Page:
Regarding the prevention of neurobehavioral alterations and NAS caused by prenatal exposure to opioids, there are two ideological currents. The first is medically supervised detoxification, which involves gradual weaning from opioids. It has been shown that this therapy exposes mothers to a higher risk of relapse, which is why its use has been declining. Defenders of this practice argue that lower rates of NAS are achieved with it, however, this has been disputed in more recent studies. This phenomenon could be attributed to changes in the definition of NAS, the application of broader criteria, and the underdiagnosis of this entity in the past. As a second option there is the medication-assisted treatment (MAT). This consists on replacing illegal opiate substances with pharmacological equivalents commonly used in clinical practice, such as methadone (full opioid receptor agonist) and buprenorphine (partial MOR receptor agonist). Traditionally, methadone has been used as standard therapy during pregnancy; however, recent studies have challenged this practice.(17,29,34)

Studies carried out in neonates, such as the “MOTHER trial”, have found that the results related to NAS are more optimal in children exposed prenatally to Buprenorphine, showing a shorter duration of treatment, lower doses of morphine, a shorter hospital stay, and in general a lower severity of the syndrome, compared to children exposed to Methadone. Other observed benefits of MAT with Buprenorphine in these newborns were a lower presence of hypertonia, excitability and signs of stress related to withdrawal, as well as better self-regulation when making the same comparison with Methadone. It is believed that these early neurobehavioral differences could have implications for the future development of these patients. Likewise, a retrospective study published in 2015, in addition to having found similar benefits of buprenorphine treatment in the evolution of NAS, found a negative correlation between head circumference at birth and the use of methadone, especially if it was administered at birth. high doses. Additionally, regarding the results of neurodevelopment, no neurocognitive differences were found between the exposure groups when using the Bayley scale, but higher scores on the AIMS scale were found in the children of those who received Buprenorphine.(12,19,35)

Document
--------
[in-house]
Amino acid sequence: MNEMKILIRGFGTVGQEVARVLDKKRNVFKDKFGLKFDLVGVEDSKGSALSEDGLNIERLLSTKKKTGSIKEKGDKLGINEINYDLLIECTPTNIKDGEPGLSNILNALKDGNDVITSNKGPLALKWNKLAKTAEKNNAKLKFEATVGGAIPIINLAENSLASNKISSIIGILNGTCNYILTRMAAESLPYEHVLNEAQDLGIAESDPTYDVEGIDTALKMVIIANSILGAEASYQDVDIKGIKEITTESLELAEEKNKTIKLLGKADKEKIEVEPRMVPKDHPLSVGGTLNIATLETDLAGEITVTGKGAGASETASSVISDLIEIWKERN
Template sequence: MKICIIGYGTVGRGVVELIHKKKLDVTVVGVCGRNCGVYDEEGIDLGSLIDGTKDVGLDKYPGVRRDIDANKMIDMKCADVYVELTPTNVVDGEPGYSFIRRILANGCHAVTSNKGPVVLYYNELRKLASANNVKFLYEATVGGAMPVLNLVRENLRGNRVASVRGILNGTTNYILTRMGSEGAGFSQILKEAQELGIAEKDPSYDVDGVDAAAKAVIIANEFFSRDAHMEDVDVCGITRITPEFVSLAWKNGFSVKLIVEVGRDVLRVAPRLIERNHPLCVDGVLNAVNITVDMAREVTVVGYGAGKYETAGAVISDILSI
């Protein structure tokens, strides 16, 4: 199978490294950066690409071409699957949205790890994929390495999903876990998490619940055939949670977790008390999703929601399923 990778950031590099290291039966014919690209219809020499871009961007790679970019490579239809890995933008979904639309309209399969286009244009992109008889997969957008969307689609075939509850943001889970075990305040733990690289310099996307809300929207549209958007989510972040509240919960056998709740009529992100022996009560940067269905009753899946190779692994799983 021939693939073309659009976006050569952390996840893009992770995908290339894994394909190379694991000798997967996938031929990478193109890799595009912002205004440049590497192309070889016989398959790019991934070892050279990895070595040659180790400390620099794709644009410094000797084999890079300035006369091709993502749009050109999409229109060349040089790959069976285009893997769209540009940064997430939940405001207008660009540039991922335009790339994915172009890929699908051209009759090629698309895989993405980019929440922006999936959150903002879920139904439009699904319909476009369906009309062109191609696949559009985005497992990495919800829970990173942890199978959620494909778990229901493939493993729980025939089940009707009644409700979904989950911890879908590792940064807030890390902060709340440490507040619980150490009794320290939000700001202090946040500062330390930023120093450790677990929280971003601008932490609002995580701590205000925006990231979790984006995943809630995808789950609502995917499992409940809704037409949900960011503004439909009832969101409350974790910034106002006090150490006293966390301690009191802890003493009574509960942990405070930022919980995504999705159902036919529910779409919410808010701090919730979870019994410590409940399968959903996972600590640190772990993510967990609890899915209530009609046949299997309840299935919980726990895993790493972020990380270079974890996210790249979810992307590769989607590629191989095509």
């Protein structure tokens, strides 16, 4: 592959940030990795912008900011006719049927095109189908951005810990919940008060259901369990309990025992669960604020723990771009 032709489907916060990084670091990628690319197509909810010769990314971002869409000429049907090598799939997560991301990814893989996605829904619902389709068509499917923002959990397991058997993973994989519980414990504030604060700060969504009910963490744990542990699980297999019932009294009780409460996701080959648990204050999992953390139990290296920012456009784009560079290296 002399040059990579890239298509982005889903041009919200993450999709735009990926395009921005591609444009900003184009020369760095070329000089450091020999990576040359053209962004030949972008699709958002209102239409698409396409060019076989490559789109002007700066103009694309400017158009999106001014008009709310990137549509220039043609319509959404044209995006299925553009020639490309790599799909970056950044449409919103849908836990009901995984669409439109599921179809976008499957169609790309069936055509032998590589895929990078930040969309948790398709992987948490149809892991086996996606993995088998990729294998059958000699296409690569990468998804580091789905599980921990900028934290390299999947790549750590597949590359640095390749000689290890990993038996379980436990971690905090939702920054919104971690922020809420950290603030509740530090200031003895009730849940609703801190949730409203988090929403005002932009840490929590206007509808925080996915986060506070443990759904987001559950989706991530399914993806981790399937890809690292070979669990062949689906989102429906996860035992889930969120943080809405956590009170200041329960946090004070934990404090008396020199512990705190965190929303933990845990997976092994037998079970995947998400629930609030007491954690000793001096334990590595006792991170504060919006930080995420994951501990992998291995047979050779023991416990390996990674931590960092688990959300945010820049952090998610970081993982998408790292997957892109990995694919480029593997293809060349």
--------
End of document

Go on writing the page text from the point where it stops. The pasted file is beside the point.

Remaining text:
Currently, the consumption of opioids in women of childbearing age has shown an upward trend, which is concerning, since, in the event of pregnancy, it constitutes an increased risk of prenatal exposure and adverse outcomes in the offspring.

The validity of the studies included in this review may have been compromised by recall bias, as parents tend to more accurately recall exposures when an unfavorable outcome occurs. Additionally, studies that use different scales and tests are compared, which could lead to measurement bias. And, finally, a selection bias may occur in which exposed patients with more severe conditions were included or studied the most. Another important limitation of this review is the heterogeneity and, in some cases, the lack of definitions of opioid exposure, making it difficult to properly compare the results of the studies included.

The contradictory results regarding the neurobehavioral effects and psychomotor results between the classic reviews on this subject and the most recent ones, may be due to concomitant exposure to multiple psychoactive substances in children or to the use of different cognitive tests and at variable ages. Additionally, the discrepancies in the results could be explained by confounding variables such as low socioeconomic status, educational level, maternal age and quality of time and maternal care. Most studies that control these variables do not find statistically significant differences between children exposed prenatally to opioids and controls. Therefore, maternal drug use is not necessarily the sole culprit, but family and environmental characteristics also play a fundamental role.

It is concluded that there is no clear association between the development of neuropsychiatric disorders and in-utero exposure to opioids, although it has been directly related to neonatal abstinence syndrome. More studies are needed to determine the association and causation between exposure and outcome in these patients.

Acknowledgments: We would like to thank our adviser, Alejandro Colonia, MD.